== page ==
Kihei Community Association President Mike Moran and longtime community advocate for the school, Andrew Beerer, said on Wednesday they were not aware of Maxwell’s letter to parents, guardians and stakeholders on Monday.

In a text message, Beerer, who is also the association’s Education and Recreation Committee chairman, said: “The Kihei Community Association is excited to see progress on the new Kihei high school construction. We continue to advocate for safe pedestrian and bike access, including an underpass at Waipuilani Gulch. We are also hoping to see some solid plans to use renewable energy when the school opens. In addition, we are hoping the DOE and legislature can provide funding for future phases to provide athletic fields, gym and campus amenities.”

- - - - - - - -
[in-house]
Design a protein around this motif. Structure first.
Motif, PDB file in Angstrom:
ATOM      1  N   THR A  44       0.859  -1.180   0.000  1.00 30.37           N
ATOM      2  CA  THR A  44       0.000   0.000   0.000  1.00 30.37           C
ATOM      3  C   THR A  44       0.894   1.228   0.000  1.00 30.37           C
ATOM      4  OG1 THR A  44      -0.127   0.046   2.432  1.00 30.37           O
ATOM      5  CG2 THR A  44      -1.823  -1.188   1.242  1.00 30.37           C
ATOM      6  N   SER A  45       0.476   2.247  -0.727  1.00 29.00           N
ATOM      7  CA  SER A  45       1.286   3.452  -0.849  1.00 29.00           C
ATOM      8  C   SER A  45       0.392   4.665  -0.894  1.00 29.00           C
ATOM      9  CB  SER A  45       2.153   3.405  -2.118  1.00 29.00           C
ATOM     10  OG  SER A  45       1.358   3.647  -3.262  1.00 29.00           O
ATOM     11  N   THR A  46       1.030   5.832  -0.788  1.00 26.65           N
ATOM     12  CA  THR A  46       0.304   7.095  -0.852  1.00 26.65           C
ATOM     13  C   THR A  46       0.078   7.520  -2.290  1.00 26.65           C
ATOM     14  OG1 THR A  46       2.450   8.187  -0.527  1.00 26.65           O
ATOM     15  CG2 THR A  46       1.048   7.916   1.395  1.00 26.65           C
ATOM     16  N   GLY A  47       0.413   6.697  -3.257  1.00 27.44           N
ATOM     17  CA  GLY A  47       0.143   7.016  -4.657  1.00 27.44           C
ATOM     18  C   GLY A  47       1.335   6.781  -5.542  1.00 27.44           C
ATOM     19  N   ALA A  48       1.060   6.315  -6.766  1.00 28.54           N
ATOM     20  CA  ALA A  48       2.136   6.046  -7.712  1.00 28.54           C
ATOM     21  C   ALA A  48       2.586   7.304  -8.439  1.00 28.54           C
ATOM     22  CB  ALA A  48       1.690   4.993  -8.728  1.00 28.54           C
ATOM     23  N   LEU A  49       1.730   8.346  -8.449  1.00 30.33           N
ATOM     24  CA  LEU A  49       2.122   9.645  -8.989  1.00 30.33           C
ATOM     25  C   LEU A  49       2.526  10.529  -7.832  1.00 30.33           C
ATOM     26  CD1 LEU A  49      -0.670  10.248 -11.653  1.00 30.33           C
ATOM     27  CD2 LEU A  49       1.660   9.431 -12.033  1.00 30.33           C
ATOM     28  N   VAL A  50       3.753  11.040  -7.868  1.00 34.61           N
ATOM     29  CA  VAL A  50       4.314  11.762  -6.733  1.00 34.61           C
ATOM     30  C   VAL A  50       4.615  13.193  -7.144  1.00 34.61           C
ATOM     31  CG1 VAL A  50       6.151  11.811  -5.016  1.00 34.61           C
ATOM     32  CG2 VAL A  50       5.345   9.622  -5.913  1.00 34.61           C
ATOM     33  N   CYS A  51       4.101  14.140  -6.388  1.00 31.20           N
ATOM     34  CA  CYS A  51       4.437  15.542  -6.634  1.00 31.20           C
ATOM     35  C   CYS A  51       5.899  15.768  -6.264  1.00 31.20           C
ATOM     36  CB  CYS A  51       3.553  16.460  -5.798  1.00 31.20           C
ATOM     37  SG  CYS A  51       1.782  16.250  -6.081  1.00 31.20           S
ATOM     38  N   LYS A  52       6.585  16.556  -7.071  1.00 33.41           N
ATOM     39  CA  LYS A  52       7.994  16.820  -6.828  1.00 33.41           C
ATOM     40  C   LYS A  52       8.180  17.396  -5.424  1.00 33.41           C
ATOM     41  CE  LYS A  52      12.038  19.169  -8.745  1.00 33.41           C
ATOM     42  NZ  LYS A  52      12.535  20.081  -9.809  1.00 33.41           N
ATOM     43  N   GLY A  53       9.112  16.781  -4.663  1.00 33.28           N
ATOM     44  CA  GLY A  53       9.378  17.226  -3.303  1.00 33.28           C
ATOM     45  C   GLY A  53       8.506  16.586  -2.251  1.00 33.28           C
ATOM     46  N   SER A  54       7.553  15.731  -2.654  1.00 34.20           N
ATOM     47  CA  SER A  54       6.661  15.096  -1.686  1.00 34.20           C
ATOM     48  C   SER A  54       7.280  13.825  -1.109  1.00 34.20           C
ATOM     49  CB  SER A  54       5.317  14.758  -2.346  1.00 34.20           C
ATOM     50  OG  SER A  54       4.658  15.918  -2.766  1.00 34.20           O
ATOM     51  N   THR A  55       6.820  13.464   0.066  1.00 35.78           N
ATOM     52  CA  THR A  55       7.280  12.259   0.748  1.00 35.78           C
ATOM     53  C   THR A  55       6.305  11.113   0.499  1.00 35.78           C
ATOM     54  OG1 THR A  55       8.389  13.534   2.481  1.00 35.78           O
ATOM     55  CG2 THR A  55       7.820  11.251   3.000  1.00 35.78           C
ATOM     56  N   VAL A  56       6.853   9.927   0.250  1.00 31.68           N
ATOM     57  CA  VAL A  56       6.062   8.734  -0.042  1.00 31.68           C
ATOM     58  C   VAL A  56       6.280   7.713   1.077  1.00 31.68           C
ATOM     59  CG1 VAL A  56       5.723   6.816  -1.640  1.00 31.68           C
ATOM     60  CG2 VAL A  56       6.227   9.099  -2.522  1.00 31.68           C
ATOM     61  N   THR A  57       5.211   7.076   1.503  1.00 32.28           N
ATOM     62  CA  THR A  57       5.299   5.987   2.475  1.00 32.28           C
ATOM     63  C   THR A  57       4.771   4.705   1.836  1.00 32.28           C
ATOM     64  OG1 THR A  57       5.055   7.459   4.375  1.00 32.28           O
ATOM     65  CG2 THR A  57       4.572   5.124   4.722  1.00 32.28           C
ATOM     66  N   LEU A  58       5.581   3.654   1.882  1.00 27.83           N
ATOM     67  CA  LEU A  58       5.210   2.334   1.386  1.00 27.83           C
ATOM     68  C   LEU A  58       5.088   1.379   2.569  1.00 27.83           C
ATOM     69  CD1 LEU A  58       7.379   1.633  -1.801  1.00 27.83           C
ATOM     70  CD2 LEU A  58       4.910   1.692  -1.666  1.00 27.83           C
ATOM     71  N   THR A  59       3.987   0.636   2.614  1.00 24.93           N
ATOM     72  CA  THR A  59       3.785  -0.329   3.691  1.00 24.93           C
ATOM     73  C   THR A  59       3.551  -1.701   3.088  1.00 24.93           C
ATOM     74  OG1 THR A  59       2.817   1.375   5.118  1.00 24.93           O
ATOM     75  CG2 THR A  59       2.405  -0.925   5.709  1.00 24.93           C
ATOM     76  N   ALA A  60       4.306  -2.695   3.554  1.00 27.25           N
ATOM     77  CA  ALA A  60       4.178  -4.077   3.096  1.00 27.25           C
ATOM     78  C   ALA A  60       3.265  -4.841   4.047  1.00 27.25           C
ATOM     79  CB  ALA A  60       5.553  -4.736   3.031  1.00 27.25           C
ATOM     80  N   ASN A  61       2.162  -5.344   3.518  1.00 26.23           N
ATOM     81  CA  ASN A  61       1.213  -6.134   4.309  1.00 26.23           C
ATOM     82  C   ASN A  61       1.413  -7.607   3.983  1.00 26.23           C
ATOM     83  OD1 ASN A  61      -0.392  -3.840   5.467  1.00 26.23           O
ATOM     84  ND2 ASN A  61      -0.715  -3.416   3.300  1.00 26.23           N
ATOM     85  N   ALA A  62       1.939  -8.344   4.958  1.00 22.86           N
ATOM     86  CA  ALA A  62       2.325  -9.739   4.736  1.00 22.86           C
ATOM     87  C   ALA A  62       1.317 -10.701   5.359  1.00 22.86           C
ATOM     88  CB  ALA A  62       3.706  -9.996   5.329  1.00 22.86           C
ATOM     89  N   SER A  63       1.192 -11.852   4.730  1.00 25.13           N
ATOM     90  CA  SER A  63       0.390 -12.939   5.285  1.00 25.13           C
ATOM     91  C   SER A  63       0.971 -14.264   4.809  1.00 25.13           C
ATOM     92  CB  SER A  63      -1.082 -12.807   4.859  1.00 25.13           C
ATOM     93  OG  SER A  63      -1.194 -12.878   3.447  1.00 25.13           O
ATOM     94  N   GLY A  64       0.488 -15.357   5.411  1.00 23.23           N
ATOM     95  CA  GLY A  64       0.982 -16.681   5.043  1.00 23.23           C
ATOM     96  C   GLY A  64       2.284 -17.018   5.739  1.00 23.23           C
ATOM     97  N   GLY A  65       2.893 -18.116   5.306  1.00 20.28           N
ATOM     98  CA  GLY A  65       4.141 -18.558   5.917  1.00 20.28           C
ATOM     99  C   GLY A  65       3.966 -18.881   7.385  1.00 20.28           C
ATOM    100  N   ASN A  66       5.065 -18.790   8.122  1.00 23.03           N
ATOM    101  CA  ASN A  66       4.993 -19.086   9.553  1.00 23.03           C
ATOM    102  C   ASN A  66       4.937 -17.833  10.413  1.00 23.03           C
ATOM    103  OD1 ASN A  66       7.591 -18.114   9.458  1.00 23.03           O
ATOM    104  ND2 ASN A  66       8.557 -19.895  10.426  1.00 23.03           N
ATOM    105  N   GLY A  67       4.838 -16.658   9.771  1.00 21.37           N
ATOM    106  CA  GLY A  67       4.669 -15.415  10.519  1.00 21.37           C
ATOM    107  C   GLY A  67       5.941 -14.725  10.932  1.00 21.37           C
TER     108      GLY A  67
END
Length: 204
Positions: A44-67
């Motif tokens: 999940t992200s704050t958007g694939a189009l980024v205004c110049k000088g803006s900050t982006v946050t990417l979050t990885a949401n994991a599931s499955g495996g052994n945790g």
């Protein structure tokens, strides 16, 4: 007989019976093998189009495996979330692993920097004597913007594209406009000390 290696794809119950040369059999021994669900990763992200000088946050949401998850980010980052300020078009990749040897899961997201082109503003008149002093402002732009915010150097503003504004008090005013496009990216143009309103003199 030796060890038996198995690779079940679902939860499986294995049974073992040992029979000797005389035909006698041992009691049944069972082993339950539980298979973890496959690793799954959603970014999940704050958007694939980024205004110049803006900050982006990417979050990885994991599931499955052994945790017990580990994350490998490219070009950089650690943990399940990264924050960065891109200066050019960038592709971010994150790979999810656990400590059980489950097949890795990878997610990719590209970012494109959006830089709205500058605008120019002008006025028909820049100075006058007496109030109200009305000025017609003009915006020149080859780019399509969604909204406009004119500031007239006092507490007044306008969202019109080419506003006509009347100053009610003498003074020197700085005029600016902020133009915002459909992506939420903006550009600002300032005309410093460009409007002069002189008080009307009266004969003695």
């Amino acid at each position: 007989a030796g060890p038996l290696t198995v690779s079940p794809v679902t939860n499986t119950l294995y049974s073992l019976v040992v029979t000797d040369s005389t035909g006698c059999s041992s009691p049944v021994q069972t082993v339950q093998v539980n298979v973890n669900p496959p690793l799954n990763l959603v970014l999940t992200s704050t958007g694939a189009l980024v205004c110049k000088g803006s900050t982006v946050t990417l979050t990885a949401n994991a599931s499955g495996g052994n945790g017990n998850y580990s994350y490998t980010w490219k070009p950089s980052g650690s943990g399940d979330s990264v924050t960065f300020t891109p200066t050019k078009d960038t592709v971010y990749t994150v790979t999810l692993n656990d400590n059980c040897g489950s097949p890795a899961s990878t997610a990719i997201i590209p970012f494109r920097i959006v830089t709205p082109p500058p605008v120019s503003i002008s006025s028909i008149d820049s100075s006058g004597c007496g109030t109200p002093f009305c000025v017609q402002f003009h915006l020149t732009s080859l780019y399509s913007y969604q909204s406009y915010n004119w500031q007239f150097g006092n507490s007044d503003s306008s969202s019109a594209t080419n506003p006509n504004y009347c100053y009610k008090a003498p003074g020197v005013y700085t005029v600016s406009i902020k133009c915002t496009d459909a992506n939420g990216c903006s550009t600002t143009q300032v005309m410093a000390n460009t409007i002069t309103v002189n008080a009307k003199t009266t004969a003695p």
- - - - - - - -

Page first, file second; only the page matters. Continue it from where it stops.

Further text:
The DOE said this week that it is hiring staff for the Kihei high school. Job opportunities for Kihei and other schools can be found at hawaiipublicschools.org/ConnectWithUs/Employment/JobOpportunities/Pages/home.aspx.

The department is projecting the initial freshman class to be between 140 to 170 students.

Maxwell said that she recently conducted an informational meeting with parents of the eighth-grade class and will continue to conduct additional meetings to keep everyone updated.

The official name of the high school has not yet been determined. An online meeting was held Tuesday evening to discuss historical and culturally relevant information about South Maui and the land where the new campus is being built. No decisions were made.

The school’s webpage is at bit.ly/KiheiHighSchool.

* Melissa Tanji can be reached at mtanji@mauinews.com.